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Tricky question.... plz help

 
Poonam Gupta
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hi
please take a look at the following piece of code
class Apps
{
public static void main(String[] args)
{
boolean b= 100>99;
int s='A';
System.out.println(s);


int a=10;
double w=6.5;
System.out.println(w);
double c='A'/a;
System.out.println(c);
System.out.println(b);
}
}
the value of c come out to be 6.0 after the code is run....
my question is that the value of c should be 6.5 as the ascii value of 'A' is 65... why is it returning 6.0 instaed of 6.5
 
Roger Chung-Wee
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I think that what is happening is that 'A' is converted to an int and divided by 10, result is 6. But as the result must be a double, you then get 6.0.
 
Ernest Friedman-Hill
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Yes, that's basically it. The result of dividing one integer by another is an integer. It's then converted to a double only because you're storing it in a double variable. You might say

double c='A';
c = c / a;

to get the result you expect.
 
Megs Maquito
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Maybe you should initialize 'A' as a double also.
 
Rahul Juneja
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Poonam,

Infact what happens in Java arithmetic calculations is the smaller both the digits which are participating in a calculation are are converted to the datatype with the lower bits.

For example :
1) if u divide Float by int result will be int
2) if u multiply int by double again result will be int.

Cheers,
Rahul
 
Ernest Friedman-Hill
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Originally posted by Rahul Juneja:

Infact what happens in Java arithmetic calculations is the smaller both the digits which are participating in a calculation are are converted to the datatype with the lower bits.


Note that float and int are both 32 bits. The rule is more or less the opposite of what you've implied, though: if either argument is a floating-point type, the calculation is done using that type and the result is of that type. The result is an int only if both arguments are of integral type.



For example :
1) if u divide Float by int result will be int


No, it will be float.



2) if u multiply int by double again result will be int.


No, it will be a double.

Folks, please don't post answers to questions as if you know the answer if you're really just guessing. It doesn't help anybody. If you must guess, then please say "I don't know for sure, but I think..." or something like that. Especially given that the first two replies in this thread already answered the question correctly and completely.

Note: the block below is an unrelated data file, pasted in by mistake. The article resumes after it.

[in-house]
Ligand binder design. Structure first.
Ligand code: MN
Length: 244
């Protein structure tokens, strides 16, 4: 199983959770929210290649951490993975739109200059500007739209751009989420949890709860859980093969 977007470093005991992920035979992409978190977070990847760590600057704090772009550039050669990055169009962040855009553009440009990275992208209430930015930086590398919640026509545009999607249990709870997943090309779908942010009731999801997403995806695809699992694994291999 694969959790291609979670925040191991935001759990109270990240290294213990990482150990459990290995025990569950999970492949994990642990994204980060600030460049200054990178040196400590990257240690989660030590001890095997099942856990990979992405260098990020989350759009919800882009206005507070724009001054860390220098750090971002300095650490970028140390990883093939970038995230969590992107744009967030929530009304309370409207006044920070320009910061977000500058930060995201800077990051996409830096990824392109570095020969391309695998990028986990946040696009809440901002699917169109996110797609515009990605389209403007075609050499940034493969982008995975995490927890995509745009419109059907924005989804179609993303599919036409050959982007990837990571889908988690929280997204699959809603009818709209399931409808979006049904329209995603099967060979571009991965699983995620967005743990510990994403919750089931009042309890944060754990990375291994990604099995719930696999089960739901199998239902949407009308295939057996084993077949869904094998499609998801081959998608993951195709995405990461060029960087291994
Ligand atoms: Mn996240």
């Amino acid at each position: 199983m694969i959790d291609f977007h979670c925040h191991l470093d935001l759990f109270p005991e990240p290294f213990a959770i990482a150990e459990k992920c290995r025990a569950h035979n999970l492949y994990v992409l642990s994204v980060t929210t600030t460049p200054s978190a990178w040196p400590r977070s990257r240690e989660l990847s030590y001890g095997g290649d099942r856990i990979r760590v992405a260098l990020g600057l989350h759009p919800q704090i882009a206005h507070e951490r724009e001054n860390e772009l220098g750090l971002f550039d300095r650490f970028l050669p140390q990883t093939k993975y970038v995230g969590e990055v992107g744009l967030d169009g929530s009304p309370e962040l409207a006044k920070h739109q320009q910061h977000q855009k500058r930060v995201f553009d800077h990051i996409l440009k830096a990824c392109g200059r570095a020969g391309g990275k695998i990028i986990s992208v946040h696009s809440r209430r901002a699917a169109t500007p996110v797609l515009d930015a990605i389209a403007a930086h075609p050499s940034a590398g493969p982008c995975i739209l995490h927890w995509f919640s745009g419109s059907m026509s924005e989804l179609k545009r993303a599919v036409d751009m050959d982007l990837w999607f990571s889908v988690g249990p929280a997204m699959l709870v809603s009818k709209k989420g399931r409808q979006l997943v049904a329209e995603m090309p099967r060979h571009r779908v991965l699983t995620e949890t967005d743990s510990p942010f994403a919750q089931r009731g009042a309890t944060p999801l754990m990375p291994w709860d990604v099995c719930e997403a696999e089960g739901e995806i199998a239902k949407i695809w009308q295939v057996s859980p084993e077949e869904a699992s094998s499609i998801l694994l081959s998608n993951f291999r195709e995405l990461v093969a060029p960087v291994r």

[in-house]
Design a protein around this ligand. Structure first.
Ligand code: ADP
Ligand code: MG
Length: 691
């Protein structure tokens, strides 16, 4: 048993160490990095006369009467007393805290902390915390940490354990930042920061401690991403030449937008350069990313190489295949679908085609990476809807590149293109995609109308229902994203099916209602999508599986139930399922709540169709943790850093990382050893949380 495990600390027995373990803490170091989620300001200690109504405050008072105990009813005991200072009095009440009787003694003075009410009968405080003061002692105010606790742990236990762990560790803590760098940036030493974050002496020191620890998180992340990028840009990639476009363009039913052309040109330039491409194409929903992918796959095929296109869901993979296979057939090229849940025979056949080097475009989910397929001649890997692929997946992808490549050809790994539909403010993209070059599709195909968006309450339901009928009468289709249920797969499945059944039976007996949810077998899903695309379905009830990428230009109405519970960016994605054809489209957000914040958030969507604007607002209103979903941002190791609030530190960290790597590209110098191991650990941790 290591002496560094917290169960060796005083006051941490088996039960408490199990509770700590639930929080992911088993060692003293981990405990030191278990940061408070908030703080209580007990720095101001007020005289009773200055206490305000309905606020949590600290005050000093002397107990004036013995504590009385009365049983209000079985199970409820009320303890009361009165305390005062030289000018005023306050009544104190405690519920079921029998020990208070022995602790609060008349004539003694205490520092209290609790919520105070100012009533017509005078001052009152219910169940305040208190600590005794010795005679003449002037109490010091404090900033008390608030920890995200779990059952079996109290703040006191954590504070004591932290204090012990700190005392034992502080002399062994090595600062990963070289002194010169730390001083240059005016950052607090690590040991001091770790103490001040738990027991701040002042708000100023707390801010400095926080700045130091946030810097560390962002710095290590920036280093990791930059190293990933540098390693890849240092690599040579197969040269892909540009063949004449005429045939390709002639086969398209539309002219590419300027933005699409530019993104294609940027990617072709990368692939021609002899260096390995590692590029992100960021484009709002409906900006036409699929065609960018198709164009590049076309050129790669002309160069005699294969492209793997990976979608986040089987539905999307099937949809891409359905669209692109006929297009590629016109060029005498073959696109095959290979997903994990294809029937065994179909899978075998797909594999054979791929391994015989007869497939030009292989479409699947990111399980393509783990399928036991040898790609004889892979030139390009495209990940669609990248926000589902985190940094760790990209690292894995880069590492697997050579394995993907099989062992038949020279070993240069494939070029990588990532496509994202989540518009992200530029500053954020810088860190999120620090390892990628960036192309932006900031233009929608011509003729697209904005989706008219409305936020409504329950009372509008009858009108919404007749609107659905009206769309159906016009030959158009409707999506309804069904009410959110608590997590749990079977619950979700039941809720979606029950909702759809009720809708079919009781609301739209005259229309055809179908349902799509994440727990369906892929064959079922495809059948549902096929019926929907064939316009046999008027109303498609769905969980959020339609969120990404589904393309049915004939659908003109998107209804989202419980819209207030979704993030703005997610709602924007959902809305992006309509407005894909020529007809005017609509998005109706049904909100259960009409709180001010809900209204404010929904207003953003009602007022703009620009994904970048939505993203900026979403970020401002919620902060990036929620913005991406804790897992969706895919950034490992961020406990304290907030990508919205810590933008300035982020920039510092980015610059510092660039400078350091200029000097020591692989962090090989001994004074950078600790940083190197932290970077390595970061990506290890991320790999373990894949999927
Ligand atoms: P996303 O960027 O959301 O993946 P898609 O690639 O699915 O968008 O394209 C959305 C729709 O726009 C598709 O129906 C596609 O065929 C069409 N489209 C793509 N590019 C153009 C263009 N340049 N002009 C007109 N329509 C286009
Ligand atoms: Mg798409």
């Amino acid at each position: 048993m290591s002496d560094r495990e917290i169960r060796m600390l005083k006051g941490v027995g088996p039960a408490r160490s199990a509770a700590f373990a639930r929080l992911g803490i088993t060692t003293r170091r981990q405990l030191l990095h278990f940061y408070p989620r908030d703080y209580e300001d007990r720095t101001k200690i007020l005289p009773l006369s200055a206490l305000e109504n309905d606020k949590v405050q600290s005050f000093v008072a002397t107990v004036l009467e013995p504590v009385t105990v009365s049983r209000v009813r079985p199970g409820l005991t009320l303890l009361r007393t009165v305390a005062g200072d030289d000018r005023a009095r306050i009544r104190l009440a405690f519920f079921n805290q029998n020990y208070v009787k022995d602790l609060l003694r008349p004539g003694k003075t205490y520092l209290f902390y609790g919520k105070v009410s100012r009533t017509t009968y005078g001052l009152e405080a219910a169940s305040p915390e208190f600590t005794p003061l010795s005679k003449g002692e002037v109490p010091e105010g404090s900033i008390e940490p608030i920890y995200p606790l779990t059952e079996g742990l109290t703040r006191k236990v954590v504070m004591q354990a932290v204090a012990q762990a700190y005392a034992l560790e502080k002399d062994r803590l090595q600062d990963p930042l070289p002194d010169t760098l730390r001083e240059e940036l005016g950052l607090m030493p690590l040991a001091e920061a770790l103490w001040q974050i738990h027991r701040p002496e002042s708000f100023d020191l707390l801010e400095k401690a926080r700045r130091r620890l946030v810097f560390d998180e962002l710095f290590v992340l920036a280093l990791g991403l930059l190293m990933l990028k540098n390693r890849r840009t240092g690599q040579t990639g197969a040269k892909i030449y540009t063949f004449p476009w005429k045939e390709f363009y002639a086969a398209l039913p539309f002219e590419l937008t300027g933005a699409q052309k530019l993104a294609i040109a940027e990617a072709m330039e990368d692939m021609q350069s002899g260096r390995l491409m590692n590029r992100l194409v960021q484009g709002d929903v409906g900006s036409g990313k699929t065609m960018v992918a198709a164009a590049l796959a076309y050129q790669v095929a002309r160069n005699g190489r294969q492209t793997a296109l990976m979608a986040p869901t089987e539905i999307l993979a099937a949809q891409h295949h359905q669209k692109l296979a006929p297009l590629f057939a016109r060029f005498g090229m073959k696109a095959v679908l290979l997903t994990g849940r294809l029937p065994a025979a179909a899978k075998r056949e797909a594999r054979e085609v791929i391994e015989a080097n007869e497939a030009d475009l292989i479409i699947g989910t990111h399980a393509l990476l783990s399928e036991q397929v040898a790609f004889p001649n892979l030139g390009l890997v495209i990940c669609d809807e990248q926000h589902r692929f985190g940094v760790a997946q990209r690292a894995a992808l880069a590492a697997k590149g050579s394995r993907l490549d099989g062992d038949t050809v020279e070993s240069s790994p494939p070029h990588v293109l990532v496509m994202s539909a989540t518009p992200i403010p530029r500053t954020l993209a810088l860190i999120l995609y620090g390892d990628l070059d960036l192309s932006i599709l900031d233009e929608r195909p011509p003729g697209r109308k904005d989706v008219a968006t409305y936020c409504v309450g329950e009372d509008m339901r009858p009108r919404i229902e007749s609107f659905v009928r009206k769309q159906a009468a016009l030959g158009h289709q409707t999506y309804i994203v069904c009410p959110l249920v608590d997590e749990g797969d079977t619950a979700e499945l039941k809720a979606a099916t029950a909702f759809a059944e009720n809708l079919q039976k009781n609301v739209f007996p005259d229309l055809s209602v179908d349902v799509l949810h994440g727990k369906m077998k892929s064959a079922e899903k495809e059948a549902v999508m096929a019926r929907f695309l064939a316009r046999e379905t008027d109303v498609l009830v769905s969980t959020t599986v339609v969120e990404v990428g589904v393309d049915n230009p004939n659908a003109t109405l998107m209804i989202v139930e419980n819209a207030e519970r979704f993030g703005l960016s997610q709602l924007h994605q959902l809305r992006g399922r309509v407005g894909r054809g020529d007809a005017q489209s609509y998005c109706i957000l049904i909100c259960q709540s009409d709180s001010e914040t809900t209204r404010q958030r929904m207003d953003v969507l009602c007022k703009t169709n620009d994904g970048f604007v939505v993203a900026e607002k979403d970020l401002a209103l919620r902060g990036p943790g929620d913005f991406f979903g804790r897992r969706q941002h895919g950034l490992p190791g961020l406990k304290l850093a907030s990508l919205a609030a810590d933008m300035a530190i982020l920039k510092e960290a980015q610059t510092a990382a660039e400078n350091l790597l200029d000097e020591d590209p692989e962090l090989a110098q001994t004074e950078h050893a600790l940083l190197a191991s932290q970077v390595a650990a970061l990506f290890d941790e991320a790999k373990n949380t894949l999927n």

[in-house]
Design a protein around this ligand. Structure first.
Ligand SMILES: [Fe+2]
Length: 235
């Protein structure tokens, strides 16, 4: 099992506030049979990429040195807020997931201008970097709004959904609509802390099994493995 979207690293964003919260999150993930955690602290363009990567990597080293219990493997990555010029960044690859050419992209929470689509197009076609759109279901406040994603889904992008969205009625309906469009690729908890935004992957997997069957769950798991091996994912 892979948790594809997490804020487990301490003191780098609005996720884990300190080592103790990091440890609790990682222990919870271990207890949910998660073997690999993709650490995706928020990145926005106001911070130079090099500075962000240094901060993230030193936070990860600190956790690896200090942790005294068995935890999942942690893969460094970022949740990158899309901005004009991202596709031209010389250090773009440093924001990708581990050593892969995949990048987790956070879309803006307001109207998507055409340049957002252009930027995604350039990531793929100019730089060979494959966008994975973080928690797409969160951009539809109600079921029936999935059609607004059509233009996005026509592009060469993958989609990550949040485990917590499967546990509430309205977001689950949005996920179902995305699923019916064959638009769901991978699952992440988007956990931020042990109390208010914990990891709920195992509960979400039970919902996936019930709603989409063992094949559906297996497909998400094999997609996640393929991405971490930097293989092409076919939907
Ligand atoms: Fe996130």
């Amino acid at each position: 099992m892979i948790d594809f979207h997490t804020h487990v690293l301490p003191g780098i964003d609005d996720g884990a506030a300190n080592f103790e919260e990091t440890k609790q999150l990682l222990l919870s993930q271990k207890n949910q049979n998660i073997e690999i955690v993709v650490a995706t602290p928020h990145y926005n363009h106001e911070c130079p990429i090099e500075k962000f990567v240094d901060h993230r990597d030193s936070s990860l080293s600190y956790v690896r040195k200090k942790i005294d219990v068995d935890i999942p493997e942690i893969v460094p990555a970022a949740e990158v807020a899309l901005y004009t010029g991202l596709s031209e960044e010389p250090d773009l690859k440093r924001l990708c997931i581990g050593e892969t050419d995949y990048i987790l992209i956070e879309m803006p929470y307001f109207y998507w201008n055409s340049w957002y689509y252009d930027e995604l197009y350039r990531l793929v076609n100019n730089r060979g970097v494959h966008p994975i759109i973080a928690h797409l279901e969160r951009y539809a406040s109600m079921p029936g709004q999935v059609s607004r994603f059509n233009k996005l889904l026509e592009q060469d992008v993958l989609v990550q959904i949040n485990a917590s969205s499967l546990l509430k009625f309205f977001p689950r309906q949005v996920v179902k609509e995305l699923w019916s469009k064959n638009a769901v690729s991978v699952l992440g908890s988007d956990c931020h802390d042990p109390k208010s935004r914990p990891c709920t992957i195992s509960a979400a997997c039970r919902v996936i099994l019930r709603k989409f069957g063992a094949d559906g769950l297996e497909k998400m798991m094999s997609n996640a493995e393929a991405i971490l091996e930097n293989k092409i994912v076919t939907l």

Poonam Gupta
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Thanks for replying to my question
Im having a great time learning java
 
pradeep jaladi
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Hi ,

If you want the result to be 6.5

double c=(double ) 'A' /a;

Here ( double ) do's the magic for you.
 
Archies Gomes
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Hi Poonam
What happens in java actually is that
Whenever any arithmatic operation is involved such as 'A'/6 then the datatype which takes the largest space for storing bits is taken.....In this case of yours both are integers so the result is integer and it is assigned to a varialbe of type double so the output you get is 6.0.....If you want the correct output ie 6.5 then either of the operand has to be of type double ...so that the other operand is also converted to the same largest type and then the operation takes place....So what basically happens is first the operands are viewed and the one which takes larger space becomes the king and rest all operands are converted to this type.
njoi learning!!!.
 
Vlado Zajac
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Originally posted by Mithun H. Salgar:
Hi Poonam
What happens in java actually is that
Whenever any arithmatic operation is involved such as 'A'/6 then the datatype which takes the largest space for storing bits is taken.....


More precisely the operand which type is lower in the following list is converted to the type of the other operand:


If both operands are char, short or byte, they are both converted to int.

(Float has 32 bits but it is considered larger than long with 64bits.)

If both operands of / are integer types, integer division is used. So value of 65/10 is 6.
 
Sonny Gill
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Ah..let ME tell you what REALLY happens...
 
Poonam Gupta
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Rahul Juneja
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So Poonam,

How are you doing in Learning Java now. You are welcome with more questions.

Cheers,
Rahul
 
Poonam Gupta
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Hi Rahul,
G8, Thanks for ur concern. I'll definately come up with more question
Thank u
Bye
 
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